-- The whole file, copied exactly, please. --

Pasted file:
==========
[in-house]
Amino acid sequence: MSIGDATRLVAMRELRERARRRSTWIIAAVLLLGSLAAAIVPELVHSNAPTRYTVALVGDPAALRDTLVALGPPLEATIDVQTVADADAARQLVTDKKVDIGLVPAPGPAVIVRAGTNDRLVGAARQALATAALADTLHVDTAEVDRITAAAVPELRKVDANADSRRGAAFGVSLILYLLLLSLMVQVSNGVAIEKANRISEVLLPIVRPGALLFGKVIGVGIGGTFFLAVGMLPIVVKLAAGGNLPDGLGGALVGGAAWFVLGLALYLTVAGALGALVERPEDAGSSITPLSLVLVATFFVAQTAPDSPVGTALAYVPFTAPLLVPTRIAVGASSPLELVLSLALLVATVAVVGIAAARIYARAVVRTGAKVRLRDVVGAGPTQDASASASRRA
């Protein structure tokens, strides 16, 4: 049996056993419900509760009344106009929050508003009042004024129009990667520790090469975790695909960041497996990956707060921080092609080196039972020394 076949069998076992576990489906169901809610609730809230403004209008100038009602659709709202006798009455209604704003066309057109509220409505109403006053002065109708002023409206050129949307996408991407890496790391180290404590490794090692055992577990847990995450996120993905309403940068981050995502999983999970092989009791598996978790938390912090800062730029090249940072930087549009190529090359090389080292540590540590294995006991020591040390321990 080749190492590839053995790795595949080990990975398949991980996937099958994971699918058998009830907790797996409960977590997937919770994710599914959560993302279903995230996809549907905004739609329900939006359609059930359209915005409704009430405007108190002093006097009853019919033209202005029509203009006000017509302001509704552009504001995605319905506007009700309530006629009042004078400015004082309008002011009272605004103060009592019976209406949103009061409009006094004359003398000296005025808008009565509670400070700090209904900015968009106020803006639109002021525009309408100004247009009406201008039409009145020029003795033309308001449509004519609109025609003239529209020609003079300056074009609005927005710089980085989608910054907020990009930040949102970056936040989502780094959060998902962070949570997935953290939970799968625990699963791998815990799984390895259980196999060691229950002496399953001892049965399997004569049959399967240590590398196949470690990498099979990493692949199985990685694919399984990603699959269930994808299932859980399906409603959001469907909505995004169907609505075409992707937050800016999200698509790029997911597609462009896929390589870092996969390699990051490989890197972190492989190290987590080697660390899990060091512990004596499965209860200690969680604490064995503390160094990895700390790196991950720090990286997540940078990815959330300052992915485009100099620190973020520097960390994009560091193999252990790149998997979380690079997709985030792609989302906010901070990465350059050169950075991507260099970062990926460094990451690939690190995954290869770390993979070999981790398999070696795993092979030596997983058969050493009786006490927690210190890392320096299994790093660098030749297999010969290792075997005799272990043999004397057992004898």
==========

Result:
[in-house]
Amino acid sequence: MSIGDATRLVAMRELRERARRRSTWIIAAVLLLGSLAAAIVPELVHSNAPTRYTVALVGDPAALRDTLVALGPPLEATIDVQTVADADAARQLVTDKKVDIGLVPAPGPAVIVRAGTNDRLVGAARQALATAALADTLHVDTAEVDRITAAAVPELRKVDANADSRRGAAFGVSLILYLLLLSLMVQVSNGVAIEKANRISEVLLPIVRPGALLFGKVIGVGIGGTFFLAVGMLPIVVKLAAGGNLPDGLGGALVGGAAWFVLGLALYLTVAGALGALVERPEDAGSSITPLSLVLVATFFVAQTAPDSPVGTALAYVPFTAPLLVPTRIAVGASSPLELVLSLALLVATVAVVGIAAARIYARAVVRTGAKVRLRDVVGAGPTQDASASASRRA
């Protein structure tokens, strides 16, 4: 049996056993419900509760009344106009929050508003009042004024129009990667520790090469975790695909960041497996990956707060921080092609080196039972020394 076949069998076992576990489906169901809610609730809230403004209008100038009602659709709202006798009455209604704003066309057109509220409505109403006053002065109708002023409206050129949307996408991407890496790391180290404590490794090692055992577990847990995450996120993905309403940068981050995502999983999970092989009791598996978790938390912090800062730029090249940072930087549009190529090359090389080292540590540590294995006991020591040390321990 080749190492590839053995790795595949080990990975398949991980996937099958994971699918058998009830907790797996409960977590997937919770994710599914959560993302279903995230996809549907905004739609329900939006359609059930359209915005409704009430405007108190002093006097009853019919033209202005029509203009006000017509302001509704552009504001995605319905506007009700309530006629009042004078400015004082309008002011009272605004103060009592019976209406949103009061409009006094004359003398000296005025808008009565509670400070700090209904900015968009106020803006639109002021525009309408100004247009009406201008039409009145020029003795033309308001449509004519609109025609003239529209020609003079300056074009609005927005710089980085989608910054907020990009930040949102970056936040989502780094959060998902962070949570997935953290939970799968625990699963791998815990799984390895259980196999060691229950002496399953001892049965399997004569049959399967240590590398196949470690990498099979990493692949199985990685694919399984990603699959269930994808299932859980399906409603959001469907909505995004169907609505075409992707937050800016999200698509790029997911597609462009896929390589870092996969390699990051490989890197972190492989190290987590080697660390899990060091512990004596499965209860200690969680604490064995503390160094990895700390790196991950720090990286997540940078990815959330300052992915485009100099620190973020520097960390994009560091193999252990790149998997979380690079997709985030792609989302906010901070990465350059050169950075991507260099970062990926460094990451690939690190995954290869770390993979070999981790398999070696795993092979030596997983058969050493009786006490927690210190890392320096299994790093660098030749297999010969290792075997005799272990043999004397057992004898």